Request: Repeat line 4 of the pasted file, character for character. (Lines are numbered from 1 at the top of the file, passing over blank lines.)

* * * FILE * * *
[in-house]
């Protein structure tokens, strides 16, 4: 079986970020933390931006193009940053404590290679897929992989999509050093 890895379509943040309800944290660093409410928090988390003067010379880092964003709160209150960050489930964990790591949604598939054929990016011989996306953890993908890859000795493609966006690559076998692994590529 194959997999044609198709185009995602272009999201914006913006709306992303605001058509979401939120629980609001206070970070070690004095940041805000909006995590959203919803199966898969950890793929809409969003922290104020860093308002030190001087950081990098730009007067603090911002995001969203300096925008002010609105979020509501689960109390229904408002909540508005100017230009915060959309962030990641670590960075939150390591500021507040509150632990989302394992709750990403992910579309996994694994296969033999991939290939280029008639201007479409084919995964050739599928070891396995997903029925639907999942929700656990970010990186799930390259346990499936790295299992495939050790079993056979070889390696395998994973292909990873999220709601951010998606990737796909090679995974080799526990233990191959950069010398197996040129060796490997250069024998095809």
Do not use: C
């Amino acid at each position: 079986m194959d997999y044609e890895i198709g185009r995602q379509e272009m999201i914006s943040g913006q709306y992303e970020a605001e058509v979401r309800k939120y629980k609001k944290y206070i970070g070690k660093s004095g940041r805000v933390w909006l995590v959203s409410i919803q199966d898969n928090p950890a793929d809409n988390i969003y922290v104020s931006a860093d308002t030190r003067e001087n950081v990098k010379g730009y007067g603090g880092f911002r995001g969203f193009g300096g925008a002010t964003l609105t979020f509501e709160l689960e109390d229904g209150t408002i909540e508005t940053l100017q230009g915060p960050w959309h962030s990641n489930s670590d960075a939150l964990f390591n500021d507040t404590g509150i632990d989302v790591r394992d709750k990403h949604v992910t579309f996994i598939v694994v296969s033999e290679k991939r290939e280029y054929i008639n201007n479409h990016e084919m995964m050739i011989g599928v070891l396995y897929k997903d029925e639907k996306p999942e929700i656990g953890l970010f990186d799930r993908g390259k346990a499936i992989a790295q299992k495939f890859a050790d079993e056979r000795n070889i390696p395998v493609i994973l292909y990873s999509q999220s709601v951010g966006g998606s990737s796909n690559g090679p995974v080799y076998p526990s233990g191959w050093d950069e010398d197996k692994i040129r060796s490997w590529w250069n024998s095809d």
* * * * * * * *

């Amino acid at each position: 079986m194959d997999y044609e890895i198709g185009r995602q379509e272009m999201i914006s943040g913006q709306y992303e970020a605001e058509v979401r309800k939120y629980k609001k944290y206070i970070g070690k660093s004095g940041r805000v933390w909006l995590v959203s409410i919803q199966d898969n928090p950890a793929d809409n988390i969003y922290v104020s931006a860093d308002t030190r003067e001087n950081v990098k010379g730009y007067g603090g880092f911002r995001g969203f193009g300096g925008a002010t964003l609105t979020f509501e709160l689960e109390d229904g209150t408002i909540e508005t940053l100017q230009g915060p960050w959309h962030s990641n489930s670590d960075a939150l964990f390591n500021d507040t404590g509150i632990d989302v790591r394992d709750k990403h949604v992910t579309f996994i598939v694994v296969s033999e290679k991939r290939e280029y054929i008639n201007n479409h990016e084919m995964m050739i011989g599928v070891l396995y897929k997903d029925e639907k996306p999942e929700i656990g953890l970010f990186d799930r993908g390259k346990a499936i992989a790295q299992k495939f890859a050790d079993e056979r000795n070889i390696p395998v493609i994973l292909y990873s999509q999220s709601v951010g966006g998606s990737s796909n690559g090679p995974v080799y076998p526990s233990g191959w050093d950069e010398d197996k692994i040129r060796s490997w590529w250069n024998s095809d």